Surf lifesavers are an iconic part of the Australian coastal landscape, and with summer about to be in full swing and the beaches full, their essential work is more important than ever.
The coastline is the Australian continent’s veranda. Literally and figuratively. Some 85 per cent of our total population live within one hour’s drive from the coast, so it’s no wonder the beach and the people who protect it are icons of Australian culture. These are our lifeguards.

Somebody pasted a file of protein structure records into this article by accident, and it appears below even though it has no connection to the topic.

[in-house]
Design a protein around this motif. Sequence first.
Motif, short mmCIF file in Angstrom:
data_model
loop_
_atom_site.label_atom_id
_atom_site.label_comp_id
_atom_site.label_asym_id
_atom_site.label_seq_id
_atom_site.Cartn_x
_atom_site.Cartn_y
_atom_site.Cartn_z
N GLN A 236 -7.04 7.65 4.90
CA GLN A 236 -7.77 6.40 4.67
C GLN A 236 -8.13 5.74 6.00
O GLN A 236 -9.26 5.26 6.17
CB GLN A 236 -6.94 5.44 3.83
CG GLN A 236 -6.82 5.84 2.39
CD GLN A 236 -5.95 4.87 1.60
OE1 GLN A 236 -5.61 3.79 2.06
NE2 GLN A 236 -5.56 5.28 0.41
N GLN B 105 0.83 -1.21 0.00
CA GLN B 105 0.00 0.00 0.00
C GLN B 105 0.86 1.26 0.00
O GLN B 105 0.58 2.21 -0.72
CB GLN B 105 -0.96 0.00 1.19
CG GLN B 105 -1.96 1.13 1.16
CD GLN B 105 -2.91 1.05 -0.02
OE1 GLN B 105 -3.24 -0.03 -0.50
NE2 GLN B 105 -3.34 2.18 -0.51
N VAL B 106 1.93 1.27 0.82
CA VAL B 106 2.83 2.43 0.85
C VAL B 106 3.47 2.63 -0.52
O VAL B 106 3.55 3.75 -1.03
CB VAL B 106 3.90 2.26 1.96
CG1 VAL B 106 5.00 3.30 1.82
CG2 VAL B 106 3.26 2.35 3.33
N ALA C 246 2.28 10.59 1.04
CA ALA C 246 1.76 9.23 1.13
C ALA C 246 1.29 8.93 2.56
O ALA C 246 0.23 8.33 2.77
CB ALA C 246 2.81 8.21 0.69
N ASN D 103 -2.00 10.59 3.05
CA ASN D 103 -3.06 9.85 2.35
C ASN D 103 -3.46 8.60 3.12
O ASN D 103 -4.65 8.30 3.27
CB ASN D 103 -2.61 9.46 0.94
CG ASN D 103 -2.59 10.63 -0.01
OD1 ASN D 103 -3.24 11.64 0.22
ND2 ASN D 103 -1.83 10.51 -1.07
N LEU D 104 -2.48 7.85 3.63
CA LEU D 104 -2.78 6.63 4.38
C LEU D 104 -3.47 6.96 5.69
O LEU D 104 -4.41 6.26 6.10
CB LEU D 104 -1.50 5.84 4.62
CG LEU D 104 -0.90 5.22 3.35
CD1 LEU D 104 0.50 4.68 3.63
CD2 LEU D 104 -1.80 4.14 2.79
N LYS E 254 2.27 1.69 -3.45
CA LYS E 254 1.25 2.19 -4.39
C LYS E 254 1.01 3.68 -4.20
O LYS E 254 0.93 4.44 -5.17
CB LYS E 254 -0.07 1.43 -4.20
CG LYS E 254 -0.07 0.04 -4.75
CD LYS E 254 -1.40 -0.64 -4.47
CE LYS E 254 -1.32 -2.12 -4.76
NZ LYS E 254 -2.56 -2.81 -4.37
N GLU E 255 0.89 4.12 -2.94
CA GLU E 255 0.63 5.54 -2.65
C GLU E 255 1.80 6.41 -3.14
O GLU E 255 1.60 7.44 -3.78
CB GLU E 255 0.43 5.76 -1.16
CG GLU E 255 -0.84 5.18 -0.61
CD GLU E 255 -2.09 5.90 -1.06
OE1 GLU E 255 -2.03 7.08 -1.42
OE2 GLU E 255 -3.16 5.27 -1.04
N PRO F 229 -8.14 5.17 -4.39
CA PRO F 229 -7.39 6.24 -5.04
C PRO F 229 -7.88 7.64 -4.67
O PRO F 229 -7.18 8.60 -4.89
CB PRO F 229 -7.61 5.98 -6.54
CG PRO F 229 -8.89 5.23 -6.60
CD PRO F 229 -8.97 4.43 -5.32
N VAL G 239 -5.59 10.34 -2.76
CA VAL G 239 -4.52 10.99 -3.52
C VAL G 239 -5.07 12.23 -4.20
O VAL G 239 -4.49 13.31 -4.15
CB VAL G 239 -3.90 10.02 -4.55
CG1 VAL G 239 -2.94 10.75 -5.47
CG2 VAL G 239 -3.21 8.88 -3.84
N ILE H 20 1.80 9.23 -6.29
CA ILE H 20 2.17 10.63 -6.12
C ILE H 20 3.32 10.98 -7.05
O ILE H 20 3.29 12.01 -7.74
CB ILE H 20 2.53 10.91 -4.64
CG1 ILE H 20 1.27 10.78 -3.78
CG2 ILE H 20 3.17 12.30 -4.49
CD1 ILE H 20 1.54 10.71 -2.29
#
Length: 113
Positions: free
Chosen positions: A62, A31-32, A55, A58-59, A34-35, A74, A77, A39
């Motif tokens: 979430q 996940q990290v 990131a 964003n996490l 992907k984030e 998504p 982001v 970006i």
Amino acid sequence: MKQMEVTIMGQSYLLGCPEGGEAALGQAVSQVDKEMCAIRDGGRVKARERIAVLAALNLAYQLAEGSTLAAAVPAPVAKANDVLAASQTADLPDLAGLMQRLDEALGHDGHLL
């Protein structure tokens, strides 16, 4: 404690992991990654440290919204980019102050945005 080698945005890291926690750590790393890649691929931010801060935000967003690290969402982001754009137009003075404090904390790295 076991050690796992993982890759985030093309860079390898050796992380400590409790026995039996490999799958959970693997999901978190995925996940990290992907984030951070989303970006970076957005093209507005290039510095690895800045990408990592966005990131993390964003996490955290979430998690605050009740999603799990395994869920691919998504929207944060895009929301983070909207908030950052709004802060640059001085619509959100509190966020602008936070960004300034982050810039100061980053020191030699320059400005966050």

The concept of lifeguarding is originally Australian. It officially began in 1907 when the government relaxed laws which prohibited daylight bathing on Australian beaches and a series of drownings at Sydney beaches followed. Consequently, volunteer groups of men were trained and patrolled the beaches as lifesavers. These men formed Australia’s first official lifeguard clubs.
Today lifeguarding has spread around the world. In Australia’s it’s been popularised through television shows like Bondi Rescue, and while professional lifeguards patrol many of Australia’s beaches, lifeguarding remains mostly voluntary in nature.